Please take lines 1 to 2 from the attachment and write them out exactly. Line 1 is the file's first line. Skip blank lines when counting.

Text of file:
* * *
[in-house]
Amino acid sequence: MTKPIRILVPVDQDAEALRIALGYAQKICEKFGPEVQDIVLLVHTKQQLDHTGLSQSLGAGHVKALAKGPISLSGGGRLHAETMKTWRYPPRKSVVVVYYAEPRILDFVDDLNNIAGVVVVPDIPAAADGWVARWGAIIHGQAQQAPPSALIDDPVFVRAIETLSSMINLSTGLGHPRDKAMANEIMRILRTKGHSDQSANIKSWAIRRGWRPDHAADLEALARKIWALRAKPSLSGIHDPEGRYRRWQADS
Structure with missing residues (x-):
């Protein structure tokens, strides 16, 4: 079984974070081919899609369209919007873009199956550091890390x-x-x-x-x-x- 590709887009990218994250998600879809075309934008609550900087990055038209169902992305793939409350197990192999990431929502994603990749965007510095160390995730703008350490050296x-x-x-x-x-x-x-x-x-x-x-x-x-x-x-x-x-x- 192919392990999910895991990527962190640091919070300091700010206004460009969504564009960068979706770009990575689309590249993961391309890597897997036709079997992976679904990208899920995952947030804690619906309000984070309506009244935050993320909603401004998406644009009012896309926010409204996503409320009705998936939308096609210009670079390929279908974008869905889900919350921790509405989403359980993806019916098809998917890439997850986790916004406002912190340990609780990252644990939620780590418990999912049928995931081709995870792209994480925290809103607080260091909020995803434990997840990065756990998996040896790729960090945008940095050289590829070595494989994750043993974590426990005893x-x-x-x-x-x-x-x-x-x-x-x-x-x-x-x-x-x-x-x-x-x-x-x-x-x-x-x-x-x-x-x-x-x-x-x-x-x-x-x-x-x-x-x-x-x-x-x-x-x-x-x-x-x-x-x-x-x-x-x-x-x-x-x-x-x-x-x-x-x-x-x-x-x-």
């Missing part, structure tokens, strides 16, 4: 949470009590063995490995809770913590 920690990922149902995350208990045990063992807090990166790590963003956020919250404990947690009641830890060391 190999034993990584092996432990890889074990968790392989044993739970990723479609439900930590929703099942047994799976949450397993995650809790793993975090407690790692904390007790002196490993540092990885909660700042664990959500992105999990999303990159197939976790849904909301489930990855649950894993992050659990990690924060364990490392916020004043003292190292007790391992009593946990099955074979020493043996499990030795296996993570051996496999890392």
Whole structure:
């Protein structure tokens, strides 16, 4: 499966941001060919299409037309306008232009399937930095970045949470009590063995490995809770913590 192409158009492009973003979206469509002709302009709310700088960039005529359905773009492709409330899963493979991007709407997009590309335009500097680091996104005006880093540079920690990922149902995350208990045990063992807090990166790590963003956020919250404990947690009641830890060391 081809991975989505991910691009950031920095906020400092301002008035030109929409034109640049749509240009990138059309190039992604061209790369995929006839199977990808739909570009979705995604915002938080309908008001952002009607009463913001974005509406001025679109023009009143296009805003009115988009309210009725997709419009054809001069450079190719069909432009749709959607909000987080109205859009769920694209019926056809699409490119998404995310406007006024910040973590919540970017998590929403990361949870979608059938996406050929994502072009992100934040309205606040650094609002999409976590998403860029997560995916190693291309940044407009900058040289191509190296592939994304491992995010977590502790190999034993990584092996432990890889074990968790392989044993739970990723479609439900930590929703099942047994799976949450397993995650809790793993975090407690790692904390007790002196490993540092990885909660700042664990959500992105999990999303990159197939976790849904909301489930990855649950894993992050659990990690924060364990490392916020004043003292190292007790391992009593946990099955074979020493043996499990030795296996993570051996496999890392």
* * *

[in-house]
Amino acid sequence: MTKPIRILVPVDQDAEALRIALGYAQKICEKFGPEVQDIVLLVHTKQQLDHTGLSQSLGAGHVKALAKGPISLSGGGRLHAETMKTWRYPPRKSVVVVYYAEPRILDFVDDLNNIAGVVVVPDIPAAADGWVARWGAIIHGQAQQAPPSALIDDPVFVRAIETLSSMINLSTGLGHPRDKAMANEIMRILRTKGHSDQSANIKSWAIRRGWRPDHAADLEALARKIWALRAKPSLSGIHDPEGRYRRWQADS